What is Book Expo? Good question! Book Expo, also known as Book Expo America or BEA, is the largest annual book trade fair in the United States. Most, if not all, of the major US book publishers, as well as several overseas publishers, have booths and exhibits at Book Expo. Publishers use the event to showcase upcoming titles, not only the anticipated "big" new releases but also debut novels and other new books that they are particularly excited about. Over the course of a few days, publishers offer Book Expo attendees galleys and advance reader copies of the new and forthcoming books and promote their special favorites. Many authors attend the event as well, hosting autograph sessions either in their publisher's booth or in a special autograph area. Book Expo 2017 took place at the Javits Center in New York City, and I spent a full day there on June 1st.
In the past, publishers hosting exhibits at Book Expo focused their promotional materials on book store owners and other book sellers, but increasingly publishers are paying more attention to librarians, who attend Book Expo in large numbers. This year, there were two special areas for librarians at Book Expo, one hosted by the American Library Association and one hosted by Publishers Weekly. Each provided librarians with a lounge where they could meet other librarians and listen to author talks in a quieter setting. In addition, Book Expo hosted a 75-minute "book buzz" just for librarians. During that session, representatives from Harper Collins, Soho Press, Hachette, Sourcebooks, Workman, WW Norton and Random House gave brief overviews of their favorite upcoming titles. Collectively, they raced through over 60 new and upcoming titles in both fiction and non-fiction. I sat there taking notes as quickly as I could and thinking about which of the books I wanted to read (most of them, actually) and which I would recommend to people I knew.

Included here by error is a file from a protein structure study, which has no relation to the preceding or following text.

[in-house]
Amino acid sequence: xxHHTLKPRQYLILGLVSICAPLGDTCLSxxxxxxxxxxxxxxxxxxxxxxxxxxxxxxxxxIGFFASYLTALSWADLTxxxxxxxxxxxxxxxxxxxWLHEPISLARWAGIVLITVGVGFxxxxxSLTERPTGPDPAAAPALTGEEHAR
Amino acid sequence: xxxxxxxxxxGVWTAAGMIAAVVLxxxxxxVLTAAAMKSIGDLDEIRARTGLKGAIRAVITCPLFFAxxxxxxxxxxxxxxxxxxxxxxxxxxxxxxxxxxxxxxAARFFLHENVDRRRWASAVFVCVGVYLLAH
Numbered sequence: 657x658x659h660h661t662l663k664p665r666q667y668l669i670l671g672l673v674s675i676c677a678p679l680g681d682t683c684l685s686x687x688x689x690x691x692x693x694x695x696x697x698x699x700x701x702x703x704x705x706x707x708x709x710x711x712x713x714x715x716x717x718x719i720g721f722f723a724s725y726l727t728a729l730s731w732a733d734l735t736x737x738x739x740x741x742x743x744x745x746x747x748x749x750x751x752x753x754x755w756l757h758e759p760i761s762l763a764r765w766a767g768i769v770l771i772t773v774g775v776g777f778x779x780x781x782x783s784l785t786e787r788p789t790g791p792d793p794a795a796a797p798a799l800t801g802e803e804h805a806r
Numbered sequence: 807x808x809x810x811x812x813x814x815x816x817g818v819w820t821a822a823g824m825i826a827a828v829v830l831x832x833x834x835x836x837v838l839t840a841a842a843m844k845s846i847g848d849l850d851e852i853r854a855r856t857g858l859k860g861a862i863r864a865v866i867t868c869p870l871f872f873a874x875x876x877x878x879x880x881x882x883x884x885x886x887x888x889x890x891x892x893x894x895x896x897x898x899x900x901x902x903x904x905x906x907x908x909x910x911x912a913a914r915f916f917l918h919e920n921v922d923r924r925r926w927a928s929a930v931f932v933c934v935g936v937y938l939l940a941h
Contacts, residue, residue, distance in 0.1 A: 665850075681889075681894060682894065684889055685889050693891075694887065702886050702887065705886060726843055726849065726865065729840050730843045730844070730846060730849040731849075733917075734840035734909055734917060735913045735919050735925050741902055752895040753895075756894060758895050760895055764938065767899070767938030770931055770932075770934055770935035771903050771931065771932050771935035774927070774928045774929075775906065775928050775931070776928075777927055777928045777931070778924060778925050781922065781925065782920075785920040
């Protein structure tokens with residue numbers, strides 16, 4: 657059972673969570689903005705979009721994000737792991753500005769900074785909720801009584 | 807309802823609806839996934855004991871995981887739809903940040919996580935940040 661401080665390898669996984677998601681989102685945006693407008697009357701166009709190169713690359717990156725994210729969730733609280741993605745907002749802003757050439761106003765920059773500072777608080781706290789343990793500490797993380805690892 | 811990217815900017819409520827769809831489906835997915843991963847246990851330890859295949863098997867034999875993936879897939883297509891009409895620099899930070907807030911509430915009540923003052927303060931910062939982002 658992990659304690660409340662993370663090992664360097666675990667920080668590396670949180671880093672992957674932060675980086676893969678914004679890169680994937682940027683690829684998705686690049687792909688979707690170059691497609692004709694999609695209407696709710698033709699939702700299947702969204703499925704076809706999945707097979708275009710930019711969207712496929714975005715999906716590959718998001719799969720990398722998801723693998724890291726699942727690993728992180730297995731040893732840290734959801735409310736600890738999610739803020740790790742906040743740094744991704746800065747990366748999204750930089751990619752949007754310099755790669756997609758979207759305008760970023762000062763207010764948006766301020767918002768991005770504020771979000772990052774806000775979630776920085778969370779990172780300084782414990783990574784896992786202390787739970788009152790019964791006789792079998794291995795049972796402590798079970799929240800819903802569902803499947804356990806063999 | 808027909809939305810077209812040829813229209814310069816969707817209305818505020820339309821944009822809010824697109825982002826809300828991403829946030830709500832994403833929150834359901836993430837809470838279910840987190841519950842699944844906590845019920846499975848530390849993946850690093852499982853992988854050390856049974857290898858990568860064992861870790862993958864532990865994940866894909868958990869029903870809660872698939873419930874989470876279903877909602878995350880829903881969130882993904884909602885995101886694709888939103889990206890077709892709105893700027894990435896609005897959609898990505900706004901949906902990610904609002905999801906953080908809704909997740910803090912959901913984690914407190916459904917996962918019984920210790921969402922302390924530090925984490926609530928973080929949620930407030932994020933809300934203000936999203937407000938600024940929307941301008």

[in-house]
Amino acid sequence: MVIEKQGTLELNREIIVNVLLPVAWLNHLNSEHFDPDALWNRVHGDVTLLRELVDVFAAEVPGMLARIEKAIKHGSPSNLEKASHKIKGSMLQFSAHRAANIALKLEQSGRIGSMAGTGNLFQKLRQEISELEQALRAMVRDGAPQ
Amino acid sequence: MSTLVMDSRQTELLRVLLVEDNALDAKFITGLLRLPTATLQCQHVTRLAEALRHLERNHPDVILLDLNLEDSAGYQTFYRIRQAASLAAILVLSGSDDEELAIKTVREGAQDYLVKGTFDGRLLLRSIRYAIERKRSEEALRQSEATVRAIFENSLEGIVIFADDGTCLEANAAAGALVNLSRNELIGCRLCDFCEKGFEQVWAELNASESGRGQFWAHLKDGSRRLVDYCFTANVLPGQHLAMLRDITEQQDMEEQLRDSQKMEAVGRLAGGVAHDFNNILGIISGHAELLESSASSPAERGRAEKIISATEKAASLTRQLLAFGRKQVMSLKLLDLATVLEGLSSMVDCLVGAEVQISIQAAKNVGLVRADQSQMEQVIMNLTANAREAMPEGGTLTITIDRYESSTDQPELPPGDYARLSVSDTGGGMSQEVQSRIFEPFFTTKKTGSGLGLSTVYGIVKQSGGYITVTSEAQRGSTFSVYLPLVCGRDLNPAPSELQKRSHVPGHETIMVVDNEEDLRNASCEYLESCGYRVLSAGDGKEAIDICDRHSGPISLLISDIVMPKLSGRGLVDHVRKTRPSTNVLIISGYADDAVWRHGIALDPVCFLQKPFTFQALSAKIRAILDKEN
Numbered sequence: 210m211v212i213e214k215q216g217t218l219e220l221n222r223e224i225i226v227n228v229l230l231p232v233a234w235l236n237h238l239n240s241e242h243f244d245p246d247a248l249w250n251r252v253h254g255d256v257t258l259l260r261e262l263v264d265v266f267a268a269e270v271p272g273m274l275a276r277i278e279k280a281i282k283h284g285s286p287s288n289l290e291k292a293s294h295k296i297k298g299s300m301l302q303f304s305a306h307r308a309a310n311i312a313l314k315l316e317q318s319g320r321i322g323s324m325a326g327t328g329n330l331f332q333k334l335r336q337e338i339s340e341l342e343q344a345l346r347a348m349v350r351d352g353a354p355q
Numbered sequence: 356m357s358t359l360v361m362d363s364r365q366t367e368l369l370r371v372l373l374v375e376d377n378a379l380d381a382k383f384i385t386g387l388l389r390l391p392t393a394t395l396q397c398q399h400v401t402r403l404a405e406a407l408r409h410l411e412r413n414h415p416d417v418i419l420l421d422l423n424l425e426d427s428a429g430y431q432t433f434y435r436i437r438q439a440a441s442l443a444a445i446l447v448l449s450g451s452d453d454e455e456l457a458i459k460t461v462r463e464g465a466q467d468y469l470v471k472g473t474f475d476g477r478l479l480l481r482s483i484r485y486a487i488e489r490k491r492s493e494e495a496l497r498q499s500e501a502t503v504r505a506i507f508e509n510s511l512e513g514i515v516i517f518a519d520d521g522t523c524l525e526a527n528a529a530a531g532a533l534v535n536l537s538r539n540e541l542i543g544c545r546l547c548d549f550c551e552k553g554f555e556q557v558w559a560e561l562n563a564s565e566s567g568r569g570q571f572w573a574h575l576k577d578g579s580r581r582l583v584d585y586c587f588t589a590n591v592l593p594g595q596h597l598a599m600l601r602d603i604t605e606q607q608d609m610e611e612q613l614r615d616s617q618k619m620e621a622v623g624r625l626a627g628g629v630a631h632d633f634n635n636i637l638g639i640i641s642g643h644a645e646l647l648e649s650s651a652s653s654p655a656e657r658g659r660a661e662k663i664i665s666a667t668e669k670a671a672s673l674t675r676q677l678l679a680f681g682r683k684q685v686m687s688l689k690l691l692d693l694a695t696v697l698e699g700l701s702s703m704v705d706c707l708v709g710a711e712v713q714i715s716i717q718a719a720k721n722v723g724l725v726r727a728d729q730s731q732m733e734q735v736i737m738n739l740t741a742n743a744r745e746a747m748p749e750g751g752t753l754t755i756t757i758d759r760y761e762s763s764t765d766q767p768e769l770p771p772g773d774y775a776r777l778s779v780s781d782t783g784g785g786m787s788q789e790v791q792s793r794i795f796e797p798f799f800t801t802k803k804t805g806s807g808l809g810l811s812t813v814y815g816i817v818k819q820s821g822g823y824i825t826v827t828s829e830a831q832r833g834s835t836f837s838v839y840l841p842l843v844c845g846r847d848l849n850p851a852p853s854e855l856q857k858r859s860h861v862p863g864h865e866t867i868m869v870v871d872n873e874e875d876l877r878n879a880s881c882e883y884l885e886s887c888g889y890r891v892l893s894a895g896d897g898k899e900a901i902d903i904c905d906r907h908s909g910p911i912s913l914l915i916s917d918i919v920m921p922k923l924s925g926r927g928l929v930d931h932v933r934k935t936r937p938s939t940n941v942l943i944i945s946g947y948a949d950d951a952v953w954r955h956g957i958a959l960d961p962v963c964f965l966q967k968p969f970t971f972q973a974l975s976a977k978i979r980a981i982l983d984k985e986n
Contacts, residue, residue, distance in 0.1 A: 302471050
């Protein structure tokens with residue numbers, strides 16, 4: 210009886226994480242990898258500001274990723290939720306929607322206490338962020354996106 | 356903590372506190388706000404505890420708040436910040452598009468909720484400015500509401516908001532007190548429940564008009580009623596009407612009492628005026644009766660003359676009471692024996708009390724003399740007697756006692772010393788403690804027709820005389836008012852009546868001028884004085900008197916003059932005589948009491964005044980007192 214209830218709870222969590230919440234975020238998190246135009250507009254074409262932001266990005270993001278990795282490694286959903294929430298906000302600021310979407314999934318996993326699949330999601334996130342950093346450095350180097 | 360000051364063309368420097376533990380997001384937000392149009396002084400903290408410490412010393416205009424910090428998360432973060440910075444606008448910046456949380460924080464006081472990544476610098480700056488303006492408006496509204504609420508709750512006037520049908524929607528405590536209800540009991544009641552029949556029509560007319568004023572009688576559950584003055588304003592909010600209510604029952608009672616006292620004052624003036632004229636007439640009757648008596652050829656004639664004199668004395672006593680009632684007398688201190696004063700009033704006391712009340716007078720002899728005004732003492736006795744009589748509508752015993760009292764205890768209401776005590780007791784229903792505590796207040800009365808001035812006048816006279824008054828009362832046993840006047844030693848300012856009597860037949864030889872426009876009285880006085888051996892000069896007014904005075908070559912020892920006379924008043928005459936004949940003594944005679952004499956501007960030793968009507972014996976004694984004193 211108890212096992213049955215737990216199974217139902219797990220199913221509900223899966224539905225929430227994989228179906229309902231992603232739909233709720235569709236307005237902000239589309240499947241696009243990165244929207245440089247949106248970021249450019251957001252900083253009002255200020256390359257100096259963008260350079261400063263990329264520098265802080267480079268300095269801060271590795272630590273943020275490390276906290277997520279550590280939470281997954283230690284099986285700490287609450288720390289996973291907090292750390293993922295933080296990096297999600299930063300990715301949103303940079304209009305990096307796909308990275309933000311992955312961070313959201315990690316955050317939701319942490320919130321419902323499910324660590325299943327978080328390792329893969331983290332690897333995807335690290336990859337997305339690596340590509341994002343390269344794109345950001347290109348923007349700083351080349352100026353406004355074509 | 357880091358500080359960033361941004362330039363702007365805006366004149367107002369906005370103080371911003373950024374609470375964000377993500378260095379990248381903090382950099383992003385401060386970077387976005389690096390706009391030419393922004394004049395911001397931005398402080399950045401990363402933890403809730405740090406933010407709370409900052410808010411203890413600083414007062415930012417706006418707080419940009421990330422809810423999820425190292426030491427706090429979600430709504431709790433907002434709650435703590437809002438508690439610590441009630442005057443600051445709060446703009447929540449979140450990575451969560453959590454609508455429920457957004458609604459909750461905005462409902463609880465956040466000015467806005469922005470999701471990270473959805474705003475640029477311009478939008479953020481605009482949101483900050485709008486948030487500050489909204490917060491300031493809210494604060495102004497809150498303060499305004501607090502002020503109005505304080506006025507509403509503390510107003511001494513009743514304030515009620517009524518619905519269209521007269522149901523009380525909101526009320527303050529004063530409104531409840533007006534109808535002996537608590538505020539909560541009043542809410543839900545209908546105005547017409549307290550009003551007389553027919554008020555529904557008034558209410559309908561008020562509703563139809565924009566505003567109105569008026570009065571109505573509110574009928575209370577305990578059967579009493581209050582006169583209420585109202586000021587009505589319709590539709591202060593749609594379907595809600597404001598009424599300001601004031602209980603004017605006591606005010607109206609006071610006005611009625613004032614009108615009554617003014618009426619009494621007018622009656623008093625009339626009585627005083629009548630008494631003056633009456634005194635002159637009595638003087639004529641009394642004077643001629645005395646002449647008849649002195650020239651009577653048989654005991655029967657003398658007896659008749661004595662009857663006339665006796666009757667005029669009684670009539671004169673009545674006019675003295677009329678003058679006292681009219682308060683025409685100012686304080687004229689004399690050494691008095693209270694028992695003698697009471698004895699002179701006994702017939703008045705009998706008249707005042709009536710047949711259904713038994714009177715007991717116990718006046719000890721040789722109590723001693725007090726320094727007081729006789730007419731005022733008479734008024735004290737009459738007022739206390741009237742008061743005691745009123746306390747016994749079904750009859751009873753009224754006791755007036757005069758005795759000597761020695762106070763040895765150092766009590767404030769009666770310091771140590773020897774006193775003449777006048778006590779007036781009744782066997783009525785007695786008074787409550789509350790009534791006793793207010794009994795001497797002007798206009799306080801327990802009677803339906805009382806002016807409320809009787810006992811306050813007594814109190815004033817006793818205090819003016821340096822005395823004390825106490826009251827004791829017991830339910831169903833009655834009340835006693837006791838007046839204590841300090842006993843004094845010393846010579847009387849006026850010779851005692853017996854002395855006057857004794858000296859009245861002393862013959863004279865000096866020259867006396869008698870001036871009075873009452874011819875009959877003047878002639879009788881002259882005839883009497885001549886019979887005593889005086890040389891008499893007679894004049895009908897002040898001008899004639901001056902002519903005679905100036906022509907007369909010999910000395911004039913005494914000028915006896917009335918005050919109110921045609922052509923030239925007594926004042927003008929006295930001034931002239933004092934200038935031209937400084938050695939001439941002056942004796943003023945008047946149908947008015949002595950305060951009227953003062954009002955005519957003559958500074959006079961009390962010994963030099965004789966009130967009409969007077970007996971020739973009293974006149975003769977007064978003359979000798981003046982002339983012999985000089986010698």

I spent the majority of my time at Book Expo walking back and forth among the booths to see which books were on offer and standing on line to meet authors and have them sign my newly-acquired galleys. So many signings were going on that it was impossible to get to all of them, but I did manage to get most of the books (and autographs) I wanted.
At one point I walked right in front of Maria Shriver on my way to meet Mark Helprin and have him sign my advanced reader copy of Paris in the Present Tense (I did do a quick pivot to stare at Ms. Shriver for a moment, gawking, before I moved on). Gabrielle Zevin expressed her affection for librarians, and for Connecticut, when she signed my advance reader copy of Young Jane Young. The longest line I waited on was for Amy Tan and her new memoir, Where the Past Begins. It was worth it, though, as she was an absolute delight.
I left Book Expo with 20 books. Among the titles I'm most excited to read are Pamela Paul's My Life with Bob, Claire Messud's The Burning Girl, Ann Hood's Morningstar and Stephen Greenblatt's The Rise and Fall of Adam and Eve. But I honestly want to read every book I came home with, along with so many others I heard about over the course of the day.
I feel pretty comfortable in saying that our reading options for the rest of 2017 and into 2018 are very broad, diverse and exciting. There will be lots of thrillers, several coming-of-age tales, some new mysteries, compelling memoirs, histories and biographies, and several new novels by favorite authors. What could be bad?